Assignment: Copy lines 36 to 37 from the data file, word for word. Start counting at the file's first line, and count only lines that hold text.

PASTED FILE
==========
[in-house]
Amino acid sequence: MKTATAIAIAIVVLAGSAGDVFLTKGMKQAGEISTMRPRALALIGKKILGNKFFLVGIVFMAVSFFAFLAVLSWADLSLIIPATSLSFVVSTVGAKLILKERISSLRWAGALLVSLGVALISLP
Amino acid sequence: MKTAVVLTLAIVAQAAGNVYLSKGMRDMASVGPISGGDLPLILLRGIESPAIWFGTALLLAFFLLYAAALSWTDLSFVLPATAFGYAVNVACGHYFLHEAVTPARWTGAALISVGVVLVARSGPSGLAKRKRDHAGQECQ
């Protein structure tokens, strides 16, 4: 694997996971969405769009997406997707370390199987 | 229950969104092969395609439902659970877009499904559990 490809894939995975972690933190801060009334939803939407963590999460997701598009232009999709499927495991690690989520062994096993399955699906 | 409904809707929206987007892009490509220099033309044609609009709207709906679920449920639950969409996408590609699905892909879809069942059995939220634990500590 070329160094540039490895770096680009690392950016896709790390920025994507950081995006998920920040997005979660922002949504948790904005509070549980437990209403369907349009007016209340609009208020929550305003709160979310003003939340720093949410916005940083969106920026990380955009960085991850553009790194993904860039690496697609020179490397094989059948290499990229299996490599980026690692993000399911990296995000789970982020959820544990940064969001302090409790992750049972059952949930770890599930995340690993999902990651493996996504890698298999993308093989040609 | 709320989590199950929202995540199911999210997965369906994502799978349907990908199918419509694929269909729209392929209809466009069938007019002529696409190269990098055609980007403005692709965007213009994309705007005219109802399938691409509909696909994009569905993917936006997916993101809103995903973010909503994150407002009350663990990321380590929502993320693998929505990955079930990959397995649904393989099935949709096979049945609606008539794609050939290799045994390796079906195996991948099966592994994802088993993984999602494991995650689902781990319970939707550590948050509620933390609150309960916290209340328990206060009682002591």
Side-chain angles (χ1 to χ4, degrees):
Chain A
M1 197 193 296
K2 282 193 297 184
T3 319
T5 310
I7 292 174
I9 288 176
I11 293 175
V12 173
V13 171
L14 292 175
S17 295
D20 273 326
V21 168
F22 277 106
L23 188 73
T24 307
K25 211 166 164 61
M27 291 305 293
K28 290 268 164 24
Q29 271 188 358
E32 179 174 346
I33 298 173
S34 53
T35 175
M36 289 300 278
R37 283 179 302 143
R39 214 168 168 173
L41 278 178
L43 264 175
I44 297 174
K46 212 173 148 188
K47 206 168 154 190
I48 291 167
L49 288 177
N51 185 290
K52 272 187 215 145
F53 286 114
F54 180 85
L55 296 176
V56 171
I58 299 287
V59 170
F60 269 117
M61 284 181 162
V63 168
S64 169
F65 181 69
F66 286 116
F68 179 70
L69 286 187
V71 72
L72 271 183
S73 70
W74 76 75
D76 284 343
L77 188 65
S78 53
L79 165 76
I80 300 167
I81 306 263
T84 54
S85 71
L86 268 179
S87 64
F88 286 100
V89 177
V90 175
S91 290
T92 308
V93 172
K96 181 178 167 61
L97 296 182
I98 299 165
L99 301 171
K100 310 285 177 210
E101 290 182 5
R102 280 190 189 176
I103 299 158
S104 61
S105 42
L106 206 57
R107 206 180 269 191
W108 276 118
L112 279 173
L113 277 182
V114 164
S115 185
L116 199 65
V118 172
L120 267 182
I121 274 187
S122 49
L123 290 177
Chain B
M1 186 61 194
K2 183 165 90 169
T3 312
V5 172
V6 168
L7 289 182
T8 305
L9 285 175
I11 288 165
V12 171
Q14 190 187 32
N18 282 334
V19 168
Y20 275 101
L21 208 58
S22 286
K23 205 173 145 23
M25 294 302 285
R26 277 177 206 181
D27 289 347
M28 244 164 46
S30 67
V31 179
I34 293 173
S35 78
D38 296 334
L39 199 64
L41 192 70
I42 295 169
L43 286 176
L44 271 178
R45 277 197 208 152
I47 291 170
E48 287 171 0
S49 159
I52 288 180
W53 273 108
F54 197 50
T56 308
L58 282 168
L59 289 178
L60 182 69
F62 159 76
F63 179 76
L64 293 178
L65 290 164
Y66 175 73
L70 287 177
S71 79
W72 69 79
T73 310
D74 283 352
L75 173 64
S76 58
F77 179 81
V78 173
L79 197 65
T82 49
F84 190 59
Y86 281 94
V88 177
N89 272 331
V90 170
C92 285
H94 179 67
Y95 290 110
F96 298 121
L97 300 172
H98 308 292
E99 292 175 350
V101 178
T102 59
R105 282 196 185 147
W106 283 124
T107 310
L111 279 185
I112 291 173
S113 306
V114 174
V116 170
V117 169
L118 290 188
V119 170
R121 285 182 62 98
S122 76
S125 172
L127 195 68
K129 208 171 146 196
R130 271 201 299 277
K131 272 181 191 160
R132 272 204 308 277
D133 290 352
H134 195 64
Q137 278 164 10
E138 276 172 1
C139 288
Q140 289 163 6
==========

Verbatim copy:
I44 297 174
K46 212 173 148 188